DAR ES SALAAM, Jan. 30 (Xinhua) -- Educating girls and ending child marriage could accelerate development progress and the reduction of poverty in Tanzania, said a new report released by the World Bank on Wednesday.
In contrast, said the report, the perpetuation of child marriage and the lack of education for girls would lead to lower earnings for women, substantial health risks, higher intimate partner violence, higher population growth and higher poverty, among other impacts.
The report, entitled The Power of Investing in Girls, showed that notwithstanding a declining trend, almost one in three girls still marry before the age of 18 in Tanzania, whether through formal or informal unions.
"Almost one in four girls has their first child before the age of 18. Partly because of this, the completion rate for secondary school for girls in the country remains very low," said the report.
"Investing in girls' education is not only an investment in the girl herself, but also in her children - the future generation - bringing substantial benefits to the wider society and the economy," said Bella Bird, World Bank Country Director for Tanzania, Malawi, Burundi and Somalia.
She added: "The evidence in this report clearly shows the very high value to Tanzania of investing in girls and ending child marriage."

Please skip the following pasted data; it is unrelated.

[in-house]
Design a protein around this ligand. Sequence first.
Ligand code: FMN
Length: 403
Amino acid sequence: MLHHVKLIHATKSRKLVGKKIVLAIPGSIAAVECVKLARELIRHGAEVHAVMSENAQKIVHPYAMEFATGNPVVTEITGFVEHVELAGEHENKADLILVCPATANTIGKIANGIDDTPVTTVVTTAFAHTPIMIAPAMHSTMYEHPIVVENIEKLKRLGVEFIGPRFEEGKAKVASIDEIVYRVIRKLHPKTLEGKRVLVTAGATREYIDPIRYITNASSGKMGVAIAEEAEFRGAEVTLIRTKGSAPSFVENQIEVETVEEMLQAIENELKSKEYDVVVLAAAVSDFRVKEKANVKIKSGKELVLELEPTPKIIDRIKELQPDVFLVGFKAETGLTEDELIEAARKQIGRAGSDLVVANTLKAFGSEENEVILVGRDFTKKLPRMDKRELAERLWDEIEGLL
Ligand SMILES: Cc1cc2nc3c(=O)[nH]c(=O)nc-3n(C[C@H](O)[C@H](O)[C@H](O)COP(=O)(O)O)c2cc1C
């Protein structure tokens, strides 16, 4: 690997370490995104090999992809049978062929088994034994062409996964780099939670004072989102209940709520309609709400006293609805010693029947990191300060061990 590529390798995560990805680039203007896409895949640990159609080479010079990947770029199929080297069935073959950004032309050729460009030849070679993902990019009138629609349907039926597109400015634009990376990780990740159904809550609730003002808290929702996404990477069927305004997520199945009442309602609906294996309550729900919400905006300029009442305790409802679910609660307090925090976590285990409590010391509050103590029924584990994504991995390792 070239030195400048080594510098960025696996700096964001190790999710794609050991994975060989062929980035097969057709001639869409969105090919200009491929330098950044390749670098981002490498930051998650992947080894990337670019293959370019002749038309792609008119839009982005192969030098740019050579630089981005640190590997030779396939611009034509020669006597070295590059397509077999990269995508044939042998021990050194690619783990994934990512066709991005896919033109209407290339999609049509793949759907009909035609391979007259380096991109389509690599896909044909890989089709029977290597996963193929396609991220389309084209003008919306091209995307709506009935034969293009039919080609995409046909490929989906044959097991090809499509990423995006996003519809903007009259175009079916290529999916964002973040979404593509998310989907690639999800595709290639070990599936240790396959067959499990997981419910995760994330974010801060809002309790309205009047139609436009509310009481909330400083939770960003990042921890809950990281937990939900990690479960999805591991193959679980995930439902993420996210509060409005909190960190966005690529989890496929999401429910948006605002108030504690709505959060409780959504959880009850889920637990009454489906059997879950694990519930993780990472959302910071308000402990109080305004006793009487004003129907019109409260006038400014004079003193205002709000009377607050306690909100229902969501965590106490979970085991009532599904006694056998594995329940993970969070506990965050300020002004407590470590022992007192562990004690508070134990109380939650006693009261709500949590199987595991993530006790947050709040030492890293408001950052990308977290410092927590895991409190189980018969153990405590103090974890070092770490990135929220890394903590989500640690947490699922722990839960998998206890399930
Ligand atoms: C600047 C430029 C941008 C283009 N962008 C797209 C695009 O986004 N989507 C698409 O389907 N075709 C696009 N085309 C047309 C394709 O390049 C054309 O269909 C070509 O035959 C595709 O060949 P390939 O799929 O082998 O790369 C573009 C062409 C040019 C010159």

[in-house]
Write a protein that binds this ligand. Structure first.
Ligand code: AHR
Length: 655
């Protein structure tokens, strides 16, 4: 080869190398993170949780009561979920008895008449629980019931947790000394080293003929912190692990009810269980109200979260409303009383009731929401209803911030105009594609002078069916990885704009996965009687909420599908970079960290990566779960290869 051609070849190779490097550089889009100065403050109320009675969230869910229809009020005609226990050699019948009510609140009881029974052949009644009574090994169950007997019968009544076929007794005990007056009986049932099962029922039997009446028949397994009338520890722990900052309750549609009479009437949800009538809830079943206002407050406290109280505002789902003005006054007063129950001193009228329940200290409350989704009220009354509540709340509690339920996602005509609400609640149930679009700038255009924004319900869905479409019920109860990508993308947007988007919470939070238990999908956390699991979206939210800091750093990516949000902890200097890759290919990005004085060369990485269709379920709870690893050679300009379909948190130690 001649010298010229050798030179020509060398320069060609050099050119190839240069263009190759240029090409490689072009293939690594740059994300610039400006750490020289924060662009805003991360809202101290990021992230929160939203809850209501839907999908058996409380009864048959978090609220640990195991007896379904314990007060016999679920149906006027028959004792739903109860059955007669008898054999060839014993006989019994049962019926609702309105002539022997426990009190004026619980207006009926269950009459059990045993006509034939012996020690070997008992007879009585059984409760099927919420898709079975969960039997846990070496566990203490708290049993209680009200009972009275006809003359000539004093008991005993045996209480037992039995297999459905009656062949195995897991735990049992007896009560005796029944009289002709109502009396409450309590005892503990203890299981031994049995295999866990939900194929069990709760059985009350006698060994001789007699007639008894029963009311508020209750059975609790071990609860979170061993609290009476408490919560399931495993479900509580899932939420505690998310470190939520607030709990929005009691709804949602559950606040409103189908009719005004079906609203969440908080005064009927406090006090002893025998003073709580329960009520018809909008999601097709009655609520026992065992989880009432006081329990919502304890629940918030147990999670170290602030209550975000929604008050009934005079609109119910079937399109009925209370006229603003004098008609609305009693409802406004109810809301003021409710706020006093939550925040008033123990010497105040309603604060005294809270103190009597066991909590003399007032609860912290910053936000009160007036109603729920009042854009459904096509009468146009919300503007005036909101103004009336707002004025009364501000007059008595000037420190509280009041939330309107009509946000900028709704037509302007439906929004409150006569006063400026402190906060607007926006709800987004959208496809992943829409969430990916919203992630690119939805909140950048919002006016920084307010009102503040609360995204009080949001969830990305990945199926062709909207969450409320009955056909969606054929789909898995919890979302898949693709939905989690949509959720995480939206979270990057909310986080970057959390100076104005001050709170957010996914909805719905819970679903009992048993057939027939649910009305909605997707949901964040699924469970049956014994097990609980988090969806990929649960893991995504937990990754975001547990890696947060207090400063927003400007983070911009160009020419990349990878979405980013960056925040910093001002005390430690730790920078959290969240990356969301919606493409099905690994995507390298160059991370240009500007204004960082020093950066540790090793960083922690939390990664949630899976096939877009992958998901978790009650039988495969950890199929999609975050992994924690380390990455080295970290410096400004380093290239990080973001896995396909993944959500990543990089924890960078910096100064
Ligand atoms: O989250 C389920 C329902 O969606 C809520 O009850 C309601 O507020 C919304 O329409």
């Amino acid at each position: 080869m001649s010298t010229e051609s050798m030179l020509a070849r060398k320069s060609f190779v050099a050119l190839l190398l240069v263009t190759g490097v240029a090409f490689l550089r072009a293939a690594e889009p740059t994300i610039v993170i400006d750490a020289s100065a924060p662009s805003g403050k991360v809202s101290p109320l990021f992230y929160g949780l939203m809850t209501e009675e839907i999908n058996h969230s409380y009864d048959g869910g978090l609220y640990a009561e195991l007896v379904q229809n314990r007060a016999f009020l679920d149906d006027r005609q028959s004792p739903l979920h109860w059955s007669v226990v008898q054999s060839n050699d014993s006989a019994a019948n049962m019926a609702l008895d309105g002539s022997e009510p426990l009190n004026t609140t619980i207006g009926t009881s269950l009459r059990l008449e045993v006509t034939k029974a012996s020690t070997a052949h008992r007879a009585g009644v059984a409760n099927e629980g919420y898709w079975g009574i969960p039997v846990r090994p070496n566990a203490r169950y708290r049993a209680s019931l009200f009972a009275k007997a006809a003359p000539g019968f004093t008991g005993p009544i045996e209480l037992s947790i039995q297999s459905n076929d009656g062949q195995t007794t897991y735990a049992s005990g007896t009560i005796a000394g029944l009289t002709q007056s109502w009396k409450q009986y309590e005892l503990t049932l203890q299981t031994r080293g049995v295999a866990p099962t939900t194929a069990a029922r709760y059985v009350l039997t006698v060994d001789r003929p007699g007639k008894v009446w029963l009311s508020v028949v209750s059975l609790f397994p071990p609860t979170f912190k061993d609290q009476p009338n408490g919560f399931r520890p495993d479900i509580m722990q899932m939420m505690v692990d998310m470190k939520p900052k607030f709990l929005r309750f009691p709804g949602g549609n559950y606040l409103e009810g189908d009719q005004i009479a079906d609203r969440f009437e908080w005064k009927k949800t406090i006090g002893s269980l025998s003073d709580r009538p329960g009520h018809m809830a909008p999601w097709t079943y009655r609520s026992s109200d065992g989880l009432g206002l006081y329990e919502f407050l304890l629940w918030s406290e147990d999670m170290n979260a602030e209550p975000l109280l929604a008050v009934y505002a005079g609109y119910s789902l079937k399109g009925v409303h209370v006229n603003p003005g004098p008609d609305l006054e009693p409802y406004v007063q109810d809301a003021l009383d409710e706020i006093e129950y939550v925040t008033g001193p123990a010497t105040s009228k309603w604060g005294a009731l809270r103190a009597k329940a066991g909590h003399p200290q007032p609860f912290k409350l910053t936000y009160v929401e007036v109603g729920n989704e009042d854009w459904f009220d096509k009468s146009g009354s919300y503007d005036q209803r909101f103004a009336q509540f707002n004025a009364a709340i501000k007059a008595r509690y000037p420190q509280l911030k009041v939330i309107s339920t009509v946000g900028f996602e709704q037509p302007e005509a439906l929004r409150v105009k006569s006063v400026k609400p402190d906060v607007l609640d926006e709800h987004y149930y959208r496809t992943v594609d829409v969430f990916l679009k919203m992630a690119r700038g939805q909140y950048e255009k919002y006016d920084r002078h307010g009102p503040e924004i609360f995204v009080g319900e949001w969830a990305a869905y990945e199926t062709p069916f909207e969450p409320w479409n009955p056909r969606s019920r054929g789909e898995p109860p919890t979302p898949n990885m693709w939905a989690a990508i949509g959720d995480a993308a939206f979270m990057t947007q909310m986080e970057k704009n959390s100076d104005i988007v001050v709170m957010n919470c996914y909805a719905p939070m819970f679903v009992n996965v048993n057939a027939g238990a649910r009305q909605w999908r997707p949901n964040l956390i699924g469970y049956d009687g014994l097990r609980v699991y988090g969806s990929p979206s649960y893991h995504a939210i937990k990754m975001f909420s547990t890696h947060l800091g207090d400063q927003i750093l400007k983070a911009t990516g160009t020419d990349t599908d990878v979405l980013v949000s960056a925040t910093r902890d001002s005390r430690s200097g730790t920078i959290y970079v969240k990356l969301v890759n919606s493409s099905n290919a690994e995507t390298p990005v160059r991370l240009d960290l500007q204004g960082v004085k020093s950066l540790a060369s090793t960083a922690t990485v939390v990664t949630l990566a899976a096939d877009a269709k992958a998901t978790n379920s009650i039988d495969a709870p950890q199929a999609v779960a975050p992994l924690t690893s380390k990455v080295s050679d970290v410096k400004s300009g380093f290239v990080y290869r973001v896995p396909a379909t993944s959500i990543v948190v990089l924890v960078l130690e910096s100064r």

One of the largest economic benefits from ending child marriage and educating girls would result from a reduction in population growth and thereby higher standards of living and lower poverty, said the report.
"If women who had married as girls had been able to delay their marriage, their annual earnings today could have been higher by more than 600 million U.S. dollars. Ending child marriage and educating girls is not only the right thing to do, it is also a smart investment," said Quentin Wodon, World Bank Lead Economist and co-author of the report.
The report called for greater investment in girls' education, providing economic opportunities for girls who are out of school and cannot go back to school, and imparting adolescent girls with life skills and reproductive health knowledge.